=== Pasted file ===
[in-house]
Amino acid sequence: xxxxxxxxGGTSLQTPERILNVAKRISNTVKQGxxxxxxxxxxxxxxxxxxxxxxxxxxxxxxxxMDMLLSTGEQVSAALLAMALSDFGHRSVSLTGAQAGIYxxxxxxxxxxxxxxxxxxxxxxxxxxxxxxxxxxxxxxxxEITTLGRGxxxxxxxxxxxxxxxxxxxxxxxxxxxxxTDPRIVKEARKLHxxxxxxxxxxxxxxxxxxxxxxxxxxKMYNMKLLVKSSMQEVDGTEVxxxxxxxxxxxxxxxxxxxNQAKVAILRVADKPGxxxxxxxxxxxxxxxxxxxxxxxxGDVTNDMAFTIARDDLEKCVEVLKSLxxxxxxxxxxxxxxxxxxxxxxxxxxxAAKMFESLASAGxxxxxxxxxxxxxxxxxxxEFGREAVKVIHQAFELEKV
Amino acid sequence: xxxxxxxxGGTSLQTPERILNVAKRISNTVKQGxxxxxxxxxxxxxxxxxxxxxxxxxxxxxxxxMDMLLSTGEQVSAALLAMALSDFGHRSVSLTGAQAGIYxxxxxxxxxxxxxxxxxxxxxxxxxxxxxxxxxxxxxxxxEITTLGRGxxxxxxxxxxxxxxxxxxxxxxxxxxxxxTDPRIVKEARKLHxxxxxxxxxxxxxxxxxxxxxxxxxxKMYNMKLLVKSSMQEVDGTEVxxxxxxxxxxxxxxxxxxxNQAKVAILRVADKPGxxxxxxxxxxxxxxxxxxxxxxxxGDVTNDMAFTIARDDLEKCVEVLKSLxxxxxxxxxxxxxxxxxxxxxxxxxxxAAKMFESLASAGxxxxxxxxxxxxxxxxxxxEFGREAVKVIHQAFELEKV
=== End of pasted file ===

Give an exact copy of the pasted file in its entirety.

[in-house]
Amino acid sequence: xxxxxxxxGGTSLQTPERILNVAKRISNTVKQGxxxxxxxxxxxxxxxxxxxxxxxxxxxxxxxxMDMLLSTGEQVSAALLAMALSDFGHRSVSLTGAQAGIYxxxxxxxxxxxxxxxxxxxxxxxxxxxxxxxxxxxxxxxxEITTLGRGxxxxxxxxxxxxxxxxxxxxxxxxxxxxxTDPRIVKEARKLHxxxxxxxxxxxxxxxxxxxxxxxxxxKMYNMKLLVKSSMQEVDGTEVxxxxxxxxxxxxxxxxxxxNQAKVAILRVADKPGxxxxxxxxxxxxxxxxxxxxxxxxGDVTNDMAFTIARDDLEKCVEVLKSLxxxxxxxxxxxxxxxxxxxxxxxxxxxAAKMFESLASAGxxxxxxxxxxxxxxxxxxxEFGREAVKVIHQAFELEKV
Amino acid sequence: xxxxxxxxGGTSLQTPERILNVAKRISNTVKQGxxxxxxxxxxxxxxxxxxxxxxxxxxxxxxxxMDMLLSTGEQVSAALLAMALSDFGHRSVSLTGAQAGIYxxxxxxxxxxxxxxxxxxxxxxxxxxxxxxxxxxxxxxxxEITTLGRGxxxxxxxxxxxxxxxxxxxxxxxxxxxxxTDPRIVKEARKLHxxxxxxxxxxxxxxxxxxxxxxxxxxKMYNMKLLVKSSMQEVDGTEVxxxxxxxxxxxxxxxxxxxNQAKVAILRVADKPGxxxxxxxxxxxxxxxxxxxxxxxxGDVTNDMAFTIARDDLEKCVEVLKSLxxxxxxxxxxxxxxxxxxxxxxxxxxxAAKMFESLASAGxxxxxxxxxxxxxxxxxxxEFGREAVKVIHQAFELEKV